Here comes Santa Claus at the Knott’s Berry Farm Christmas Parade held during the holidays.
Like the cloned Dolly the sheep, are thousands of Santas running around today lighting up holiday trees, riding in parades and meeting good girls and boys, really Santa, or are they clones? How does the child’s mind rectify the situation? But better yet, how does the adult figure out what to say and how to explain the Santa situation to a kid?
Santa’s “helpers” are everywhere–thousands of them! This is the time of year in which an extra income is earned playing Santa, and men aren’t the only ones doing it. I spoke with a woman yesterday who owns a catering business and also plays Santa before Christmas to help pay the bills (she’s tall and solidly built–not frail at all). She can earn several thousand dollars in cash by visiting houses for 15 to 60 minutes at a time, collecting fees ranging around $40 to $100 at each stop!
Santa is a low-tech concept. He’s a human being who never seems to get a haircut or shave. He’s also overweight. His whole goal in life it to make toys and give them to kids who are good. He supposedly monitors children throughout the year, keeping tabs on their behavior, then asking when he meets the kids if they have been good. He miraculously keeps tab and places toys under indoor holiday trees of good girls & boys during a 24 hour time period around the globe wherever Christmas is celebrated. What a miracle worker!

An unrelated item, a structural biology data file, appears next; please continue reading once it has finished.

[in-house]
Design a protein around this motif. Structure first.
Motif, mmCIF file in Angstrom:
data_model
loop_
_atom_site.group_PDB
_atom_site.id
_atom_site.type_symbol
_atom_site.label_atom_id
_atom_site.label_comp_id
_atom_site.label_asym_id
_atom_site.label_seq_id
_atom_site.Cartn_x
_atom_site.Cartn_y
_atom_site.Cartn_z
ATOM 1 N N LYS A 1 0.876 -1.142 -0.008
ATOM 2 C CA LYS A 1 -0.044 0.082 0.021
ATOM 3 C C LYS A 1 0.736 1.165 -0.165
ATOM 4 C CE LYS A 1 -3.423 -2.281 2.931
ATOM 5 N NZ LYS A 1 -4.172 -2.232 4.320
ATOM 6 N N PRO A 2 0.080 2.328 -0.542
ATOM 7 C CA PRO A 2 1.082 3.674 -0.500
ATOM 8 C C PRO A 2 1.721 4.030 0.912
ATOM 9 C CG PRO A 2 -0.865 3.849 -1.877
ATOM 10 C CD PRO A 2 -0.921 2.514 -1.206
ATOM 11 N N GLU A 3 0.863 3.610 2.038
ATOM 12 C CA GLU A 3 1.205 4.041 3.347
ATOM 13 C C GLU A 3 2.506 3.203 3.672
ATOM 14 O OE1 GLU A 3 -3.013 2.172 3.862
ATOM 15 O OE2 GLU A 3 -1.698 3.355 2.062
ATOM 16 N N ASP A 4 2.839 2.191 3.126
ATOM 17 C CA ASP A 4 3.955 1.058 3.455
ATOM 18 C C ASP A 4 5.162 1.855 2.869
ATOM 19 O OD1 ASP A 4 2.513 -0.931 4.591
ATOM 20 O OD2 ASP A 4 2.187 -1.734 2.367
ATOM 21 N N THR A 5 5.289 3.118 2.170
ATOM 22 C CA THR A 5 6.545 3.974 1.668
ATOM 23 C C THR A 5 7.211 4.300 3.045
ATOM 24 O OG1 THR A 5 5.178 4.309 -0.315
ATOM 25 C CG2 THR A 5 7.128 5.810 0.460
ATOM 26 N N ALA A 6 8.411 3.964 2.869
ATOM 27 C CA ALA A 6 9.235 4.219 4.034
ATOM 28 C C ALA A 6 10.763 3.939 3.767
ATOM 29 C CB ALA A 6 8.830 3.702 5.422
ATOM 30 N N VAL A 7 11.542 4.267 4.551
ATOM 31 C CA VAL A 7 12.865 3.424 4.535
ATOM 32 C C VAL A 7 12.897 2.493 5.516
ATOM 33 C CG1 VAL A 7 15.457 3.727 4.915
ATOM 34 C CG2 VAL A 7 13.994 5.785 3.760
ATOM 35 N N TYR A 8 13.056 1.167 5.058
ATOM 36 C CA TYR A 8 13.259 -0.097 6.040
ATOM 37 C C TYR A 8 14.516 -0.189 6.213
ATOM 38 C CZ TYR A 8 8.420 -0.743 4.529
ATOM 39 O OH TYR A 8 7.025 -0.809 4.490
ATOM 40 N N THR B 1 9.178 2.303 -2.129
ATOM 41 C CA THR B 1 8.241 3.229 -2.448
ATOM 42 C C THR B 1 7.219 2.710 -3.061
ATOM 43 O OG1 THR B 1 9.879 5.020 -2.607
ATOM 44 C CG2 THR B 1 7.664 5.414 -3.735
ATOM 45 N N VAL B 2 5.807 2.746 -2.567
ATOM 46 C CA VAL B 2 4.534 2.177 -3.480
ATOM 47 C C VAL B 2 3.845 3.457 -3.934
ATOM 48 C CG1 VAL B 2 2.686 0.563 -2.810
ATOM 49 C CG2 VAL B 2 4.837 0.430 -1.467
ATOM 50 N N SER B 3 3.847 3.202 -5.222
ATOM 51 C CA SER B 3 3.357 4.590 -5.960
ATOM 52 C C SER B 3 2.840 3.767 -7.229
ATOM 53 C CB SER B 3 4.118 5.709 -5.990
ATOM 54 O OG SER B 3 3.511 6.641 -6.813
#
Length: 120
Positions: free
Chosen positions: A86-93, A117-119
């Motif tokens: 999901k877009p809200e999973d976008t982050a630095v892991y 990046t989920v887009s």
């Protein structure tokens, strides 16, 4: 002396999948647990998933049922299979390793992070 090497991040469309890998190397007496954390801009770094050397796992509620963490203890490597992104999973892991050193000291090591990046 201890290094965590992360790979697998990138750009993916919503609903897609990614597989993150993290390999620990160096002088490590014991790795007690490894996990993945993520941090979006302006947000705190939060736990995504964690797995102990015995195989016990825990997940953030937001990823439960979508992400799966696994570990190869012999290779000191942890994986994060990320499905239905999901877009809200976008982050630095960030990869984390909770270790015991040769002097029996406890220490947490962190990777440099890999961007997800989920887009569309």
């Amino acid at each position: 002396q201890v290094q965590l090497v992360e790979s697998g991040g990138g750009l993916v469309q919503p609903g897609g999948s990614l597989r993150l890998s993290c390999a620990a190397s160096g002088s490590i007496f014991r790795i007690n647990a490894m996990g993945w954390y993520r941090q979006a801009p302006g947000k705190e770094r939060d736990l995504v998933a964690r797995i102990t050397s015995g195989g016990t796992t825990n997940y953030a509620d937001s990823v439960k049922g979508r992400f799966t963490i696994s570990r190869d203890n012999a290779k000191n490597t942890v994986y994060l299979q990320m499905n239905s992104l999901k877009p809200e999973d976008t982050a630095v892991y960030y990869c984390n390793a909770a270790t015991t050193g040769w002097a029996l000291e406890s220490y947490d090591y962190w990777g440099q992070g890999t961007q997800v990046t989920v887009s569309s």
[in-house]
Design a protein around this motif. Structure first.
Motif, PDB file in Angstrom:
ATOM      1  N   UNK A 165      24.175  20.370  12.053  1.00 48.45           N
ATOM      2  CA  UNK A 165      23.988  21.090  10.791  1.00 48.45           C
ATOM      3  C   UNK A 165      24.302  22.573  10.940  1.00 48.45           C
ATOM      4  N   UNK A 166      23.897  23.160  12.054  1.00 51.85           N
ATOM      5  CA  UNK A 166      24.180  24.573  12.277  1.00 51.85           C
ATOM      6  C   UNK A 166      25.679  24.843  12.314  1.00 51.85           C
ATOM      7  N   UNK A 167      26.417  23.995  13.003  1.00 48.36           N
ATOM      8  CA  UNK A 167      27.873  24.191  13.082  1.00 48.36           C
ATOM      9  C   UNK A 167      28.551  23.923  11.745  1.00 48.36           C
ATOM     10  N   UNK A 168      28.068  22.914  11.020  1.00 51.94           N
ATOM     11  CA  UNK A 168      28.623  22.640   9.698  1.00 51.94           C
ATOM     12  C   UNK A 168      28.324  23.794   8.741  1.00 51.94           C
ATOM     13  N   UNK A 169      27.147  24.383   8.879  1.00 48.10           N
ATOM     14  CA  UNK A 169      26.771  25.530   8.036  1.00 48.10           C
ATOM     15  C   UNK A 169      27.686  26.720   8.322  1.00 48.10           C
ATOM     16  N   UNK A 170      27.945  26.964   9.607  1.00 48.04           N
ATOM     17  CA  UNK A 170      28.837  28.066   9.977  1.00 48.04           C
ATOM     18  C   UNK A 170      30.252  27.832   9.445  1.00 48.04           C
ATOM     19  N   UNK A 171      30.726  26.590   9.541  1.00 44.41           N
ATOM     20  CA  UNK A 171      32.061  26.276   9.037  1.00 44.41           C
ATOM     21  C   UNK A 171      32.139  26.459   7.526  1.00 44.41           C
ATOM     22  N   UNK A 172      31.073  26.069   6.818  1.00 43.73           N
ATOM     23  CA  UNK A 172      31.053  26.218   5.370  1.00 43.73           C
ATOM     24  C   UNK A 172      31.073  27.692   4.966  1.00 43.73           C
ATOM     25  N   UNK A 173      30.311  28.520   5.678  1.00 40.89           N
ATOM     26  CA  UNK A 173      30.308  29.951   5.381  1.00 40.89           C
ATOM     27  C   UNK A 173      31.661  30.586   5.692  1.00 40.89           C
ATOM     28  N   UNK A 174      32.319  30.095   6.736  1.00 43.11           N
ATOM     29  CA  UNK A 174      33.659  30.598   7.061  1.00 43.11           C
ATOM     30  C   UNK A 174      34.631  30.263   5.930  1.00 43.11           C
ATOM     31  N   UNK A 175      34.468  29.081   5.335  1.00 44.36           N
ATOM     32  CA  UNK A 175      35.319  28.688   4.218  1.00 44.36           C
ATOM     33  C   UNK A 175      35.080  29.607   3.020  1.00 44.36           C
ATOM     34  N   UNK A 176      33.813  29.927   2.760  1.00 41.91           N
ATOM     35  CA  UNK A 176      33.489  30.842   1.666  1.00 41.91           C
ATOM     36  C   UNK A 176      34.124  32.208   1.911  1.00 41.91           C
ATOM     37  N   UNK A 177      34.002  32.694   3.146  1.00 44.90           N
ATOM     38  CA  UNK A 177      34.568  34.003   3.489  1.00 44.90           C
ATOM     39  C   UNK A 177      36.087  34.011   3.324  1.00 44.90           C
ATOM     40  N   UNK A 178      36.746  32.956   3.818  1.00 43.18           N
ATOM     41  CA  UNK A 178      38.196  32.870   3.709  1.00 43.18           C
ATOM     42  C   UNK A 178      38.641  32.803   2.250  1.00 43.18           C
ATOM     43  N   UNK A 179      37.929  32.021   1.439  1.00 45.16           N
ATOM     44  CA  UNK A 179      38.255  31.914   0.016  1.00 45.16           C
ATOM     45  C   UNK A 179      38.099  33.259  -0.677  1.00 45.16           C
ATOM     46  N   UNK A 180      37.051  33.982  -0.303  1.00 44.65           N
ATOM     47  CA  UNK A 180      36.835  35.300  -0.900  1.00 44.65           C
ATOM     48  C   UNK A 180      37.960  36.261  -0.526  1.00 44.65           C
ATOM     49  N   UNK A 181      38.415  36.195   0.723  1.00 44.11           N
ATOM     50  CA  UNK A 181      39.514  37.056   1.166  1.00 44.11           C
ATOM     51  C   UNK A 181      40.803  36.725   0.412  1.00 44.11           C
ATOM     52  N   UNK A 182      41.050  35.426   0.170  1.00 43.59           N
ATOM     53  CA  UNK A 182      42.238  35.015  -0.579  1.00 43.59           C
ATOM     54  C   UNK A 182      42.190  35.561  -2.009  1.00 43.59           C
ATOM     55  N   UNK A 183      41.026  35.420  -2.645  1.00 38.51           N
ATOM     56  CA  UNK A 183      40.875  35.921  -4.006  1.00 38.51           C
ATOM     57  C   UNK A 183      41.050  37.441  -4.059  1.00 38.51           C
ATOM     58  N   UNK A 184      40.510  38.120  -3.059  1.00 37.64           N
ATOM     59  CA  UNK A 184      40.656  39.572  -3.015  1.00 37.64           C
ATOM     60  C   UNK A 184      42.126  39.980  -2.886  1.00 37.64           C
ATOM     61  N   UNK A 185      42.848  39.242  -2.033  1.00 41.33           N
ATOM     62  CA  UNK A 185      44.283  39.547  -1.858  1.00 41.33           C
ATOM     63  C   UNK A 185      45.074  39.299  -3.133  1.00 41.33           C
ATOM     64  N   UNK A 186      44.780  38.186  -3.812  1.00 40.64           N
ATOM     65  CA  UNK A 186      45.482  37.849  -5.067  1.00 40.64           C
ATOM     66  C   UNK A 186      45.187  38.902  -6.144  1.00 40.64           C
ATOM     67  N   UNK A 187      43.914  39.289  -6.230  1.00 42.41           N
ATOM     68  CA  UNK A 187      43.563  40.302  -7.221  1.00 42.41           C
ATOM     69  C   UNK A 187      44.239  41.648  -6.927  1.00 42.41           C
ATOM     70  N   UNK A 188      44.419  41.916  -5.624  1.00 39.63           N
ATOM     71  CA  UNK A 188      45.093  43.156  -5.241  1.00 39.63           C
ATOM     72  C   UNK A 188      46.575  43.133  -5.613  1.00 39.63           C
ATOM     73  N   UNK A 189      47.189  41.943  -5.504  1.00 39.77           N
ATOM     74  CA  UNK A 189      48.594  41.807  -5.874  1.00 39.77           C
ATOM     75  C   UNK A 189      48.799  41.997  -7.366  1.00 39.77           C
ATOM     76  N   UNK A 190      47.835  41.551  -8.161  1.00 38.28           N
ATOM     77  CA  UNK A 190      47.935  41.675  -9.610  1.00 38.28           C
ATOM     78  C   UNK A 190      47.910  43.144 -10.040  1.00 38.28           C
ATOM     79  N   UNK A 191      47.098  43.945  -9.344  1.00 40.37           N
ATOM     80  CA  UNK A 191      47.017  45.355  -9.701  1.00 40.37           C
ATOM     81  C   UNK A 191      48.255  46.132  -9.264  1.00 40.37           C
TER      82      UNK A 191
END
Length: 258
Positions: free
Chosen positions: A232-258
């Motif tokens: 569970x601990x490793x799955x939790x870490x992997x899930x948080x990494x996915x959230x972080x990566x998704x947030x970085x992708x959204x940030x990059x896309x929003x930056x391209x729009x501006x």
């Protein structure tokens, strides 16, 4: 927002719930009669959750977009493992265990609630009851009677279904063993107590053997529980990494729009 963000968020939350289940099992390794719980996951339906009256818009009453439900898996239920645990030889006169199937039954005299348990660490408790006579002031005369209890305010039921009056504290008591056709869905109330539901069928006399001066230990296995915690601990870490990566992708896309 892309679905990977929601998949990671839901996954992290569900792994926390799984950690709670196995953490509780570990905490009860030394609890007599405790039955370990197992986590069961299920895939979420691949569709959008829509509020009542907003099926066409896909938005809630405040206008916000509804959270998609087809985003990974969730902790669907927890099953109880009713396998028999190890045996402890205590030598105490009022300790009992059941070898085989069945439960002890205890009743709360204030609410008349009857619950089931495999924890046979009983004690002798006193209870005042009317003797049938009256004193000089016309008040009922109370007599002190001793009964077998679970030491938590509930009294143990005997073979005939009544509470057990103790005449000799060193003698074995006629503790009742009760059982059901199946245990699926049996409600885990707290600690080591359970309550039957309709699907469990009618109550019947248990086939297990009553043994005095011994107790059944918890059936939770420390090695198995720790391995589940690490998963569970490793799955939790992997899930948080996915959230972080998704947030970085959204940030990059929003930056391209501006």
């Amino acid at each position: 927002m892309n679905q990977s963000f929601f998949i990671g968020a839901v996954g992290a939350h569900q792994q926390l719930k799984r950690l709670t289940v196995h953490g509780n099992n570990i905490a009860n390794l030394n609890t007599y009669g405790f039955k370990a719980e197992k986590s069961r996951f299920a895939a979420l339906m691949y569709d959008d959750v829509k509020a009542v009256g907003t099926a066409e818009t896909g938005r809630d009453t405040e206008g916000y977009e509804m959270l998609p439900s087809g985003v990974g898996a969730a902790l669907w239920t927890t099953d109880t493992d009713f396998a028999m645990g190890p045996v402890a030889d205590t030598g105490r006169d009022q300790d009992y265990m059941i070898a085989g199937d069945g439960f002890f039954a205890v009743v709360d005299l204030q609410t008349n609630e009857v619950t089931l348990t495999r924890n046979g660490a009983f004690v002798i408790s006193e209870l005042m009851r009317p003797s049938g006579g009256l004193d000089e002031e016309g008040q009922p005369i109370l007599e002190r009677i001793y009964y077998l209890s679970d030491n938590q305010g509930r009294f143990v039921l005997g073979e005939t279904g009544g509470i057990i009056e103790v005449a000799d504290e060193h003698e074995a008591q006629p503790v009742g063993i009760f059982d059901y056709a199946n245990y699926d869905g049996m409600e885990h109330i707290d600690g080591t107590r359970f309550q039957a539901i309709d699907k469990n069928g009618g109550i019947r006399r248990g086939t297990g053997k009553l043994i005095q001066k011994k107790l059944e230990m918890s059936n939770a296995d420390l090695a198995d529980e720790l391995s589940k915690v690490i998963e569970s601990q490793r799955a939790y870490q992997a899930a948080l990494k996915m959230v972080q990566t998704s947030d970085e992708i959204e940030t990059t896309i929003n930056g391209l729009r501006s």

How can he afford the endless supply of materials, technological know-how, and employment of millions of elves? How does his magic sleigh fly through the sky? And how can he chat with all the girls and boys when he should be at the North Pole working?
As adults, we’ve got the situation covered, right? Many of us were told about Santa and took the story hook, line & sinker as children. Others never figured it out or didn’t really care if it made sense considering lots of gifts were at stake. Santa is the part of life and seasons that take us out of our nuts & bolts world. We put on costumes and pretend we’re someone else at Halloween. We play Santa at Christmas by perpetuating this fictional story and buying lots of toys, then placing them under our own tree. In the spring we convince our children there’s really a bunny who brings candy, toys, and hides eggs.
The psychological pressure Santa concept puts on adults to supply large sums of toys to their families during tough economic times, and the public to donate toys to children who might not otherwise receive them at Christmas, causes many parents and providers to become depressed rather than happy. Don’t let it get to you! Make up for the lack of money by providing huge quantities of love to your children. Give them stories, hugs, and outings filled with meaning. That’s the best gift of all.